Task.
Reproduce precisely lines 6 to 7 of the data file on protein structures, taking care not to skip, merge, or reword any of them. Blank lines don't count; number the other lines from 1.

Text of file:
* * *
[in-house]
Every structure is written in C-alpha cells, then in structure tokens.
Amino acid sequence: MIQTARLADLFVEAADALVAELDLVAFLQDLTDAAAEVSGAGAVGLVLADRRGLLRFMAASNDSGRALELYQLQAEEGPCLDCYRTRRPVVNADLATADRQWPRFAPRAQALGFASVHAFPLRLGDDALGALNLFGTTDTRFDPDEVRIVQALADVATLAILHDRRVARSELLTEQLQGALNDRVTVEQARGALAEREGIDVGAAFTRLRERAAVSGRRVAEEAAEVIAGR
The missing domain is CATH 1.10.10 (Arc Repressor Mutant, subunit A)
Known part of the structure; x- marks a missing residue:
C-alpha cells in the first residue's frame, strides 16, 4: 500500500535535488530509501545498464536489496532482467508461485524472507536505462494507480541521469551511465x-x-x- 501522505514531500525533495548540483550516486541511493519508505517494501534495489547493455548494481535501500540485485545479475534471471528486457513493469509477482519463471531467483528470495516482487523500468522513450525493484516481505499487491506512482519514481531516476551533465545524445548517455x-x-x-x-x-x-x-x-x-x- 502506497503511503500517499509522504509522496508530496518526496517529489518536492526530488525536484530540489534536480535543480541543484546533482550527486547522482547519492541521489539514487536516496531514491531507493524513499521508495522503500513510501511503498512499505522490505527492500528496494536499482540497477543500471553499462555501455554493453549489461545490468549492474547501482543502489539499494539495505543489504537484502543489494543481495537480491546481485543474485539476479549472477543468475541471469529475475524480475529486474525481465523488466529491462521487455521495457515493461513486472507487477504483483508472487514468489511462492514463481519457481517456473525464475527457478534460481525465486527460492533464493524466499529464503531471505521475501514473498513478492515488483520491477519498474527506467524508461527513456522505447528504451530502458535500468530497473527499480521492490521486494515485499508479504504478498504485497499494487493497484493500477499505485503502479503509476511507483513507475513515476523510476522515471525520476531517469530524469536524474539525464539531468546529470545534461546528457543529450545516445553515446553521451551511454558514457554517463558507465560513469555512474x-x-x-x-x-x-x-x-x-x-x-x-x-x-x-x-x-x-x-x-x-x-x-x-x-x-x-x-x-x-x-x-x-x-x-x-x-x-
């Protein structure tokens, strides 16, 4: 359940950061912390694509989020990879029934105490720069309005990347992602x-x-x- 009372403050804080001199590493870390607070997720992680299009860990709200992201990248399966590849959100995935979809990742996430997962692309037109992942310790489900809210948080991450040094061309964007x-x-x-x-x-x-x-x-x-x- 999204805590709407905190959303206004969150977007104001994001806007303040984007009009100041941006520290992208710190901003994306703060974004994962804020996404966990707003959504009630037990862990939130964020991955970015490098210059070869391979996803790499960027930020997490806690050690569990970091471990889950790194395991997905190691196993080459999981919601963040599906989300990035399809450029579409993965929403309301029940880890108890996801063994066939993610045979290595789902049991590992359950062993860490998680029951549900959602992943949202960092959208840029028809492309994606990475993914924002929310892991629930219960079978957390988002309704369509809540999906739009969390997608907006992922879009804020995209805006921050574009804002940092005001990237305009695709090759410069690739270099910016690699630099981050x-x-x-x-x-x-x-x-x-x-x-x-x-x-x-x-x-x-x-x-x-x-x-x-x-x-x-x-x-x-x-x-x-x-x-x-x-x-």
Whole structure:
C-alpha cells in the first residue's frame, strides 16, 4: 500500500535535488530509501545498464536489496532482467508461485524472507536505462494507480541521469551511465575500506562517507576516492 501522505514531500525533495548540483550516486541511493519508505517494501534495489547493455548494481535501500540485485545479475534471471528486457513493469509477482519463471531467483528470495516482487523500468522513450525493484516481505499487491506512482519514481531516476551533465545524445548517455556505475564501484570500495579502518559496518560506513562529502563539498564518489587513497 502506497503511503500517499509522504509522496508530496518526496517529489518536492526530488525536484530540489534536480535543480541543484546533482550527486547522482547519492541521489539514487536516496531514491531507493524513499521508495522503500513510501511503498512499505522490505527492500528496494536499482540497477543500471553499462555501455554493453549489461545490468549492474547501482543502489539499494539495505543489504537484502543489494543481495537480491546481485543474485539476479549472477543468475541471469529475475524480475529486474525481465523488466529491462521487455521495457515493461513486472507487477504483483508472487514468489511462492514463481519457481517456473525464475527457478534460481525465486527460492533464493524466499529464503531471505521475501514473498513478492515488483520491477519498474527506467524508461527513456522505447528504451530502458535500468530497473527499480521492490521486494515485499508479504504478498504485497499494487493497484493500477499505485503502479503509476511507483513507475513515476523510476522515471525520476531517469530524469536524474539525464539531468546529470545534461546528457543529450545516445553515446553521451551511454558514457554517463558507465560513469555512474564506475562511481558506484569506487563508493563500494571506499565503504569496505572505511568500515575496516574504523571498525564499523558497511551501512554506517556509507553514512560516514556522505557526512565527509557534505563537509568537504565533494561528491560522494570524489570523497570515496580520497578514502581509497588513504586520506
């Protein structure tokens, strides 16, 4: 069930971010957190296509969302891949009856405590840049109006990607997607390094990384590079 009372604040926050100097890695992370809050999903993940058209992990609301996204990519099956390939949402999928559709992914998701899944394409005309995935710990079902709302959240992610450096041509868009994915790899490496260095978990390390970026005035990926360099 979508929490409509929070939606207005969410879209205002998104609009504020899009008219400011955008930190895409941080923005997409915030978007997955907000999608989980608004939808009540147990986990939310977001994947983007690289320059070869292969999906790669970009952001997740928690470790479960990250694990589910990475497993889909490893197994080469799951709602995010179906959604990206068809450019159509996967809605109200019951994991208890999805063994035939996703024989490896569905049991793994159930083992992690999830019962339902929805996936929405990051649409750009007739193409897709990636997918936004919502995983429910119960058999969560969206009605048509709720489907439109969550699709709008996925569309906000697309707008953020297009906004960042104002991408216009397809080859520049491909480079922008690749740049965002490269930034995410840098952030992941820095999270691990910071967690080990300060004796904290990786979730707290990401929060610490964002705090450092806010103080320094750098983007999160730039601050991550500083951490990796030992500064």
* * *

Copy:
C-alpha cells in the first residue's frame, strides 16, 4: 500500500535535488530509501545498464536489496532482467508461485524472507536505462494507480541521469551511465x-x-x- 501522505514531500525533495548540483550516486541511493519508505517494501534495489547493455548494481535501500540485485545479475534471471528486457513493469509477482519463471531467483528470495516482487523500468522513450525493484516481505499487491506512482519514481531516476551533465545524445548517455x-x-x-x-x-x-x-x-x-x- 502506497503511503500517499509522504509522496508530496518526496517529489518536492526530488525536484530540489534536480535543480541543484546533482550527486547522482547519492541521489539514487536516496531514491531507493524513499521508495522503500513510501511503498512499505522490505527492500528496494536499482540497477543500471553499462555501455554493453549489461545490468549492474547501482543502489539499494539495505543489504537484502543489494543481495537480491546481485543474485539476479549472477543468475541471469529475475524480475529486474525481465523488466529491462521487455521495457515493461513486472507487477504483483508472487514468489511462492514463481519457481517456473525464475527457478534460481525465486527460492533464493524466499529464503531471505521475501514473498513478492515488483520491477519498474527506467524508461527513456522505447528504451530502458535500468530497473527499480521492490521486494515485499508479504504478498504485497499494487493497484493500477499505485503502479503509476511507483513507475513515476523510476522515471525520476531517469530524469536524474539525464539531468546529470545534461546528457543529450545516445553515446553521451551511454558514457554517463558507465560513469555512474x-x-x-x-x-x-x-x-x-x-x-x-x-x-x-x-x-x-x-x-x-x-x-x-x-x-x-x-x-x-x-x-x-x-x-x-x-x-
């Protein structure tokens, strides 16, 4: 359940950061912390694509989020990879029934105490720069309005990347992602x-x-x- 009372403050804080001199590493870390607070997720992680299009860990709200992201990248399966590849959100995935979809990742996430997962692309037109992942310790489900809210948080991450040094061309964007x-x-x-x-x-x-x-x-x-x- 999204805590709407905190959303206004969150977007104001994001806007303040984007009009100041941006520290992208710190901003994306703060974004994962804020996404966990707003959504009630037990862990939130964020991955970015490098210059070869391979996803790499960027930020997490806690050690569990970091471990889950790194395991997905190691196993080459999981919601963040599906989300990035399809450029579409993965929403309301029940880890108890996801063994066939993610045979290595789902049991590992359950062993860490998680029951549900959602992943949202960092959208840029028809492309994606990475993914924002929310892991629930219960079978957390988002309704369509809540999906739009969390997608907006992922879009804020995209805006921050574009804002940092005001990237305009695709090759410069690739270099910016690699630099981050x-x-x-x-x-x-x-x-x-x-x-x-x-x-x-x-x-x-x-x-x-x-x-x-x-x-x-x-x-x-x-x-x-x-x-x-x-x-």